William A. Schaffer, retired attorney, consultant and author, San Jose, Calif., on February 5, 2017. At Columbia, Schaffer had access to the Russian Institute and spent his junior year at Sciences Po in Paris, where he earned his diploma. Schaffer graduated from Harvard Law in 1959, and that led to his working for Sen. Tom Dodd (D-Conn.). Schaffer’s perfect French served him well. He was in the translating pool at the State Department, where he translated for President Kennedy and where he helped set up the Peace Corps in French-speaking Africa. Schaffer’s career included work with International Rescue Committee in Hong Kong, jobs in Indonesia and Buenos Aires, and a year at Harvard as a visiting scholar. He was an international consultant, living near Boston, and then consulted for DEC before moving to Los Gatos, Calif., for a job in international sales with Sun Microsystems, from which he retired. He wrote four books: a novel; two versions of Hi-Tech Careers for Lo-Tech People; and ErgoSense: A Personal Guide to Making Your Workspace Comfortable and Safe. Schaffer was married for 52years to Gesine Grunzig Schaffer, and they had two sons — Paul, married to Amy Gardner, and Harry. He is also survived by twin grandsons.


Richard Dobrin, retired professor, founder and director of healthcare group, Santa Fe, N.M., on January 12, 2016. Dobrin was born in and grew up in New York City, for which he retained a great love. After earning a Ph.D. in physics, he had an exciting and satisfying career, first in college teaching and later as founder and director of International Healthcare Group, a groundbreaking radiological services company operating throughout Europe. Dobrin leaves his wife, Patricia; daughter, Alessandra Khalsa, and her husband, Ditta; son, Jeremy, and his wife, Ivona; sisters Lynne Sindelar and Marilyn Broman; and two granddaughters.


Richard E. “Dick” Kerber, cardiologist, Iowa City, Iowa, on November 8, 2016. Kerber was born on May 10,1939, in Brooklyn, N.Y. He graduated from Forest Hills H.S., Queens, N.Y., in 1956. He married Linda Kaufman, now an emerita professor of history, in 1960, and graduated from NYU School of Medicine in 1964. After an internship at Bellevue, he served as a captain in the Army Medical Corps, earning the Bronze Star in 1968. After completing medical training at Stanford University hospital, Kerber joined the University of Iowa’s medical faculty in 1971, becoming director of echocardiography, heading a fellowship program and being interim chief of cardiology. Kerber pursued research on cardiac defibrillation and resuscitation to treat cardiac arrest, or heart attacks. He authored more than 250 articles, two books and more than 330 abstracts. Kerber was a devoted clarinetist and cyclist, and a member of Agudas Achim Congregation in Iowa City. He is survived by his wife, Linda; sons, Ross and his wife, Nancy, and Justin ’91 and his wife, Hope; four grandchildren; and brother, Melvyn, and his wife, Cheryl.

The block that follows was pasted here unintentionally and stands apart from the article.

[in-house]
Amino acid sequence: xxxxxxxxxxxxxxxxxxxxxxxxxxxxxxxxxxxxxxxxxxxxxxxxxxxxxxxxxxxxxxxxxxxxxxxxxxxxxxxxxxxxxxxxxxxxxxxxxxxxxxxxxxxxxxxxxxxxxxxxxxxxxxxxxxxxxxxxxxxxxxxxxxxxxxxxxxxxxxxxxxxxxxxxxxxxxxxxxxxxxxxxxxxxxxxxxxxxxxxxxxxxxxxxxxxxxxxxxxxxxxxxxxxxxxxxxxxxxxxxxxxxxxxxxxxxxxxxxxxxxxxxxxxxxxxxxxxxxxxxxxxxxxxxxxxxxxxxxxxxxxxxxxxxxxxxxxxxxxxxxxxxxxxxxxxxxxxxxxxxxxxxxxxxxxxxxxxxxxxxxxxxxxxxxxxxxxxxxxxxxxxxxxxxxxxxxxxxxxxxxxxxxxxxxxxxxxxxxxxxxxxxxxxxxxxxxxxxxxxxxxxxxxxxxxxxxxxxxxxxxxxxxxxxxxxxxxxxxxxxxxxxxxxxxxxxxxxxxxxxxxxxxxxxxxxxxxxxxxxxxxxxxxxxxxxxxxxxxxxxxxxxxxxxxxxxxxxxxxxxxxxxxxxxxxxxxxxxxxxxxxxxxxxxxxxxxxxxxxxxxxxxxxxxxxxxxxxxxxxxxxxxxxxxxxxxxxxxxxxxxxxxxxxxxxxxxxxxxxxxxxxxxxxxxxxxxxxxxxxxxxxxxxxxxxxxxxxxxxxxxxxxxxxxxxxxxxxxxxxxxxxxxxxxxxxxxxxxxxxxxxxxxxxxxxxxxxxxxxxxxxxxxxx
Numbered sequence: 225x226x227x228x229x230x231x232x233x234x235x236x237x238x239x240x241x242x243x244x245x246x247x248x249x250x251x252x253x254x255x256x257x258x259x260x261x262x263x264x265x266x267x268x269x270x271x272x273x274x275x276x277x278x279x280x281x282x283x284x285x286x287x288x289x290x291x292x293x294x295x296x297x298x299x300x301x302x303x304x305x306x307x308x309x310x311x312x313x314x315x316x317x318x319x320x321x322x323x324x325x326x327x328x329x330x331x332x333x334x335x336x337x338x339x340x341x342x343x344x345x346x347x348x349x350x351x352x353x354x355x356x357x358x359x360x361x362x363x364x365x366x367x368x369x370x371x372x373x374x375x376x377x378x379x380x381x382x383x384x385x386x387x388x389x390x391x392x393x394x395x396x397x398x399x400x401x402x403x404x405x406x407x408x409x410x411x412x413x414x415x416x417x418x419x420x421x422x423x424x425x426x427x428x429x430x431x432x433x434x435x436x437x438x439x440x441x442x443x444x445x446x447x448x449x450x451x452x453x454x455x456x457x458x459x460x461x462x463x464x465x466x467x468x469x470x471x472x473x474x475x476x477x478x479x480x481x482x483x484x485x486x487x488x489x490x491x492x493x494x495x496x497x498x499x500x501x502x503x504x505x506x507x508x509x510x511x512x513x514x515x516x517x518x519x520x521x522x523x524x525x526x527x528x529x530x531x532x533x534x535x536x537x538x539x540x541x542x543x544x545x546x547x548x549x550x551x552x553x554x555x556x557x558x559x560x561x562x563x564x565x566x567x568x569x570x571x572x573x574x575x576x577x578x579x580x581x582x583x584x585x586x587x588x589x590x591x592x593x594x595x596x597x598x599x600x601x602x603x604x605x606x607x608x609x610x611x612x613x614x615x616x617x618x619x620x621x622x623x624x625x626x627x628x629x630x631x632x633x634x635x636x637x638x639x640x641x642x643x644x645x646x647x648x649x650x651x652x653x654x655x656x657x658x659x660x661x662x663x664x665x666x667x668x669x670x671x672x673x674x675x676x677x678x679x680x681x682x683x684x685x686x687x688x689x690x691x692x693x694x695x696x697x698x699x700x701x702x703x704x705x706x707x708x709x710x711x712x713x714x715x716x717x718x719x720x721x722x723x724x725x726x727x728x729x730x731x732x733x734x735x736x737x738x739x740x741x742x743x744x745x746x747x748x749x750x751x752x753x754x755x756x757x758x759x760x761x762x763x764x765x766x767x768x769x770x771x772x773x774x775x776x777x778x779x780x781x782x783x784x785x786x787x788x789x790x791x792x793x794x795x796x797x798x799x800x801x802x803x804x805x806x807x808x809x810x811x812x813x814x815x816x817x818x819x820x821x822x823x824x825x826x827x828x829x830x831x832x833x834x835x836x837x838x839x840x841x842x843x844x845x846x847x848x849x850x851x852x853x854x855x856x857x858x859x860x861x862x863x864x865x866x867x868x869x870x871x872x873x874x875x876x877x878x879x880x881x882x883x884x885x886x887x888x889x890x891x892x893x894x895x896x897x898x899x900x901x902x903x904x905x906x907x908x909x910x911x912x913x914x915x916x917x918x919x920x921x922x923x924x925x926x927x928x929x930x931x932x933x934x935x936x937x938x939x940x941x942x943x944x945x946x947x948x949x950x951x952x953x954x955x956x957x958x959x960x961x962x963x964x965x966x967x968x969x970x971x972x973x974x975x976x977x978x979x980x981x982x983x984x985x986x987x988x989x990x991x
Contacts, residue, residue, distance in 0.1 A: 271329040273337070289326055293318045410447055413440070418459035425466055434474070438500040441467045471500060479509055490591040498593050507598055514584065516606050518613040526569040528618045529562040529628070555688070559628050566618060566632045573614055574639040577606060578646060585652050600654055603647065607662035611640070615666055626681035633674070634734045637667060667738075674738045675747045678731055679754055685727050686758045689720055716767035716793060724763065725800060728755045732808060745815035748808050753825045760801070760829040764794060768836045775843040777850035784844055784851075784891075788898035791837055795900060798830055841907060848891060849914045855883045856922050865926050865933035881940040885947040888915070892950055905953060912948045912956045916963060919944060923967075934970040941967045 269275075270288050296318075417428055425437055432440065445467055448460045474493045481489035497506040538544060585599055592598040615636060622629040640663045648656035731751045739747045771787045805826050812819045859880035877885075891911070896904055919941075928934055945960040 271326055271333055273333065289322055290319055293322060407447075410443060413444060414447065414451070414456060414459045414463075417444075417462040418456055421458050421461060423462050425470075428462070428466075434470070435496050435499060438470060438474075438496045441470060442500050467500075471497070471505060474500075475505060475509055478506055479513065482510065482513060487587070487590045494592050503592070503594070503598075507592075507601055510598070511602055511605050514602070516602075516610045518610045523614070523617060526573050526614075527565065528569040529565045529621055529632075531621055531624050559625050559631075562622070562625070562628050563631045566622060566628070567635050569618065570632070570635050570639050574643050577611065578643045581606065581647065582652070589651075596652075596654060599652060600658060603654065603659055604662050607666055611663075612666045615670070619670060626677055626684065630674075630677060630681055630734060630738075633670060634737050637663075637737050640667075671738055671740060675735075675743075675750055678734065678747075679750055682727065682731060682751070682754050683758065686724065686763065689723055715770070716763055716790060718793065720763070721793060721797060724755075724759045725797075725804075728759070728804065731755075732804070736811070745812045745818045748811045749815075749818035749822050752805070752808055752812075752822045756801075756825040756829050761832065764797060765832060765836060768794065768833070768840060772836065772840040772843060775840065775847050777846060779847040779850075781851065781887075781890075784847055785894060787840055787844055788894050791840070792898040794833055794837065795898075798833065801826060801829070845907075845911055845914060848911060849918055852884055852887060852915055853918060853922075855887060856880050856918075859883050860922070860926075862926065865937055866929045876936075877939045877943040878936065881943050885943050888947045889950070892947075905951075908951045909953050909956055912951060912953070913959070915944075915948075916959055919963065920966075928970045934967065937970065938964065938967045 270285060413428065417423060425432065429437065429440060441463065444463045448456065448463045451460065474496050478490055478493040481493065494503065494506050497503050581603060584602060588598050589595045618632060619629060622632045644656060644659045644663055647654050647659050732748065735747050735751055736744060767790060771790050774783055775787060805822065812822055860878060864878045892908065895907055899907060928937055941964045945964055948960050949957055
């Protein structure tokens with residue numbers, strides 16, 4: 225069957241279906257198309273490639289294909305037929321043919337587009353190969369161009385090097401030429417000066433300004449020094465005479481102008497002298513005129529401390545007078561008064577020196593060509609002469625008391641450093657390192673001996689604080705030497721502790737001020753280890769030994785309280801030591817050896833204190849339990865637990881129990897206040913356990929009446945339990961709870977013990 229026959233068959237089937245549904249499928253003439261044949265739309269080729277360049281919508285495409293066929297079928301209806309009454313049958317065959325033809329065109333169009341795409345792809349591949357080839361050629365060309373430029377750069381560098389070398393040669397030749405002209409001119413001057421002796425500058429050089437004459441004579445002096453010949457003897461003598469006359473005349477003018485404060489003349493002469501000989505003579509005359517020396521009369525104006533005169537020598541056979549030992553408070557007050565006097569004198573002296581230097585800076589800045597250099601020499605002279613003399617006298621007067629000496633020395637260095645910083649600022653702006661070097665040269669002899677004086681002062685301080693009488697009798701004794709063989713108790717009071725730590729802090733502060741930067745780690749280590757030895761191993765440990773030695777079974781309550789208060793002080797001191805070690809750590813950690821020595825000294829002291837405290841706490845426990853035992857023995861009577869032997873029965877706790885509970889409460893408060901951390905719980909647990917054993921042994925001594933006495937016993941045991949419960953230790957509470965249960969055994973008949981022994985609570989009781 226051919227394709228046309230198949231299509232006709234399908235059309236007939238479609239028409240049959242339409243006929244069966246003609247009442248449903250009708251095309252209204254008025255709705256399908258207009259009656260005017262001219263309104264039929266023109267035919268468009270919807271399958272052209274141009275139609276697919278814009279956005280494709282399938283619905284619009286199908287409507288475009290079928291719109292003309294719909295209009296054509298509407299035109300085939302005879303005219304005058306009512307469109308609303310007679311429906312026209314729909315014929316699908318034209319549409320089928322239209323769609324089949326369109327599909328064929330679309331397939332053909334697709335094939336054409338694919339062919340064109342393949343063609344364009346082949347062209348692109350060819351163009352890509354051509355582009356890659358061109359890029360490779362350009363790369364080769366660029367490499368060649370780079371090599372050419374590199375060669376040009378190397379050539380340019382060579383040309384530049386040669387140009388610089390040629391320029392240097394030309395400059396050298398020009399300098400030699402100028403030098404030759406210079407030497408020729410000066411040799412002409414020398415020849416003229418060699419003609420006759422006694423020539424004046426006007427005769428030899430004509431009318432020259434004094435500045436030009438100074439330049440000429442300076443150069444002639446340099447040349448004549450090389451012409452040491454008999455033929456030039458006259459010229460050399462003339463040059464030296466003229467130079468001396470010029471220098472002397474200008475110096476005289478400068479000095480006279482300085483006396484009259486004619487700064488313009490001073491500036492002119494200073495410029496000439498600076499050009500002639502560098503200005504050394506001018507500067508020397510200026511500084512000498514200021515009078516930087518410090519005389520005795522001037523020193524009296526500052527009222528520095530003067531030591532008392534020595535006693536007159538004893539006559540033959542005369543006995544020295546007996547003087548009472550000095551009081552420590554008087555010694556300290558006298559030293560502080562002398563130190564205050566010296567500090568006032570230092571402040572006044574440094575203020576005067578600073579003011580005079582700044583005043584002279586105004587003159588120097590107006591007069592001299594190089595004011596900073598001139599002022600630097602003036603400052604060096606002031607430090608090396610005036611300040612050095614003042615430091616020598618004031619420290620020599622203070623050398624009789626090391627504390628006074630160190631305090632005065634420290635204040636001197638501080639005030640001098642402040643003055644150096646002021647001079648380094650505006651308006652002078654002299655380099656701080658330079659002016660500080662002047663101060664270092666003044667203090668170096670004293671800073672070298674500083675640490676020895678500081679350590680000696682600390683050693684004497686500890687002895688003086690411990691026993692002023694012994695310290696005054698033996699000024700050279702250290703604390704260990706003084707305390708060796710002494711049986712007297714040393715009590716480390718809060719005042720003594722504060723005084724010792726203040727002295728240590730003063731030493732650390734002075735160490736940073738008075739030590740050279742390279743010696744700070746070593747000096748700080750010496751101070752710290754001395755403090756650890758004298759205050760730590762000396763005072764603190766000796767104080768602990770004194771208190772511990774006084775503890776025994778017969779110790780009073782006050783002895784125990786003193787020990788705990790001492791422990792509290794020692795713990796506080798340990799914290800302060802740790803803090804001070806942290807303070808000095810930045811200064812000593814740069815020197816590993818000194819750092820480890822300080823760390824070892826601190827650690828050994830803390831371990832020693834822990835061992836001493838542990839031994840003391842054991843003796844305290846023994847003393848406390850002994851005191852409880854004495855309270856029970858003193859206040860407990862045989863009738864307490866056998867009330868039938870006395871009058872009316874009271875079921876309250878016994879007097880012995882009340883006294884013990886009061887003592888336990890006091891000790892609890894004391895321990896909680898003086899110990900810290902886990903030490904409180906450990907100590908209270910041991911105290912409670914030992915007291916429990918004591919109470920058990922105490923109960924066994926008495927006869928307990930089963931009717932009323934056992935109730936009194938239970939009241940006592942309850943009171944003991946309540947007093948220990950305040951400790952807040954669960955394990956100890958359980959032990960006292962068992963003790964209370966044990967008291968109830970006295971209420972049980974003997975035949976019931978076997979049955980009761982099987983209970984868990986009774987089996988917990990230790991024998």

Steven J. Grossman, businessman, Selma, Ala., on April 3, 2017. Grossman was born in Waterbury, Conn., on December 17, 1942. He earned an M.I.A. in 1967 from SIPA and an M.B.A. in 1968 from the Business School, as well as a certificate of African studies. Grossman was a management consultant and an investment banker in Rome, Madrid, London and New York City. In the 1990s, he became the co-owner of the American Candy Co., in Selma. After he split with partners over company strategy, he formed a snack food company, Microwave Roasters, also in Selma. Grossman was prominent in the Selma community for his work in the arts and as a leader in Selma’s Jewish community. He is survived by his wife, Laura (née Wallace); children, Jeremiah and his wife, Jennifer, Xena-Shira and her husband, Juan, and Erik Diamond and his wife, Fernanda; brother, Peter ’70, SOA’72 and his wife, Pauline; four grandchildren; and many nieces, nephews and cousins.


Harold S. Wechsler, professor and author, Rochester, N.Y., on February 17, 2017. Wechsler earned an M.A. and a Ph.D., both in history and both from GSAS, in 1969 and 1974, respectively. He was a beloved professor, author and colleague, most recently at the NYU Steinhardt School of Culture, Education, and Human Development. In 1969, Wechsler was selected by the New York Mets organization as the World’s Greatest Fan. He was the husband of the late Lynn D. Gordon; father of Abigail Bock and Samuel; grandfather of one granddaughter; brother of Robert; uncle of Adam and Diana Wechsler; and brother-in-law of Carol Gordon and the late Margaret Gordon. Wechsler is also survived by his devoted companion, Homer, a Cavalier King Charles Spaniel. Memorial contributions may be made to Friends of Karen.